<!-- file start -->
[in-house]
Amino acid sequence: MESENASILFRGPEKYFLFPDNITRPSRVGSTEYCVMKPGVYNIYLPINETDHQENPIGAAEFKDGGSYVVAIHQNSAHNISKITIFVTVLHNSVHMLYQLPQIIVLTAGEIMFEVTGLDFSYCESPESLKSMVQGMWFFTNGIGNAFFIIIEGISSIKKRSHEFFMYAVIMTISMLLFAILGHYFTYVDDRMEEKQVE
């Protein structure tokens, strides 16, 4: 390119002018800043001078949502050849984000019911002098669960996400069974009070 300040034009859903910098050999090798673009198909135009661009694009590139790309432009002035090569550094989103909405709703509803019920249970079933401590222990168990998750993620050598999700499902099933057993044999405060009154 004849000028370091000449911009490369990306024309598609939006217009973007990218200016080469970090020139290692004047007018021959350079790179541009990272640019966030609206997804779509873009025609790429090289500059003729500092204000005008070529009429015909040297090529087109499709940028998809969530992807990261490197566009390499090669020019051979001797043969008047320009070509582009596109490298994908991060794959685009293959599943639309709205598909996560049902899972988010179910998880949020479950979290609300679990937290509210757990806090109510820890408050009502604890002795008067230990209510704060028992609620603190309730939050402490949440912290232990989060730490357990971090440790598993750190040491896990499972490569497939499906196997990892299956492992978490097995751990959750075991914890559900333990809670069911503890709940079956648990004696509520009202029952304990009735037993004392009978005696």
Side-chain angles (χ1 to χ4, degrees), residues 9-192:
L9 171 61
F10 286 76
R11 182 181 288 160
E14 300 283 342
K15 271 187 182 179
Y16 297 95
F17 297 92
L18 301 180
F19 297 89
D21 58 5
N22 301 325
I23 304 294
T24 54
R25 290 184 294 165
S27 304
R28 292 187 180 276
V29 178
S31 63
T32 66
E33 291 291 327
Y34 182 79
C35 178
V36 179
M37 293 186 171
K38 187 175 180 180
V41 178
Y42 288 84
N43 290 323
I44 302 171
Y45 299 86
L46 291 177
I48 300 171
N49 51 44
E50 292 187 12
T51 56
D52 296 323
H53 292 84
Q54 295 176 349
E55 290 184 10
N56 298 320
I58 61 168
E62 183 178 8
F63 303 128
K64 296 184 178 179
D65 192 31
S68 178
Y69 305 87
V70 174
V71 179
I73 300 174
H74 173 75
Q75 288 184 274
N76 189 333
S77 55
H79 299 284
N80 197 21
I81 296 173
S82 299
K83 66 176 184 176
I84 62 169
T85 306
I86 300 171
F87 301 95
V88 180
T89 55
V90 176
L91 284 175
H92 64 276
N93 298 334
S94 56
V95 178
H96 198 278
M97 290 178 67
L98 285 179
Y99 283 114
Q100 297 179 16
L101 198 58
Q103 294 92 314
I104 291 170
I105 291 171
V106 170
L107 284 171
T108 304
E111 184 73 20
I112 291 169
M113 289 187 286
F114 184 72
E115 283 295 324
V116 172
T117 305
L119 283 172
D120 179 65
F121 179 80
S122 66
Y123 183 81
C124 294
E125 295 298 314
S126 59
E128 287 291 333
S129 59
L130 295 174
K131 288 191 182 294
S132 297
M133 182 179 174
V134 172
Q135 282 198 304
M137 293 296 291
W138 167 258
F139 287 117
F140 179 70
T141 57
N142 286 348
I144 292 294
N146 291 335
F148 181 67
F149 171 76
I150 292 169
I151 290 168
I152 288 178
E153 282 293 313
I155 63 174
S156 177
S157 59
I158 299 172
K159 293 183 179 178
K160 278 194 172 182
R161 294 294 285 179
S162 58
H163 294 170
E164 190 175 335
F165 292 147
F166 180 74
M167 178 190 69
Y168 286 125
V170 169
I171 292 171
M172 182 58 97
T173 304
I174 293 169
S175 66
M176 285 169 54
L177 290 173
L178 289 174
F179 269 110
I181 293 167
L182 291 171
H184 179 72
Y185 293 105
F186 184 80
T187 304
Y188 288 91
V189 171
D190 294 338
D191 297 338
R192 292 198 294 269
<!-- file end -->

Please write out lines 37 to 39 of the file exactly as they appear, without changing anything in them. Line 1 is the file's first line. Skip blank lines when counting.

N49 51 44
E50 292 187 12
T51 56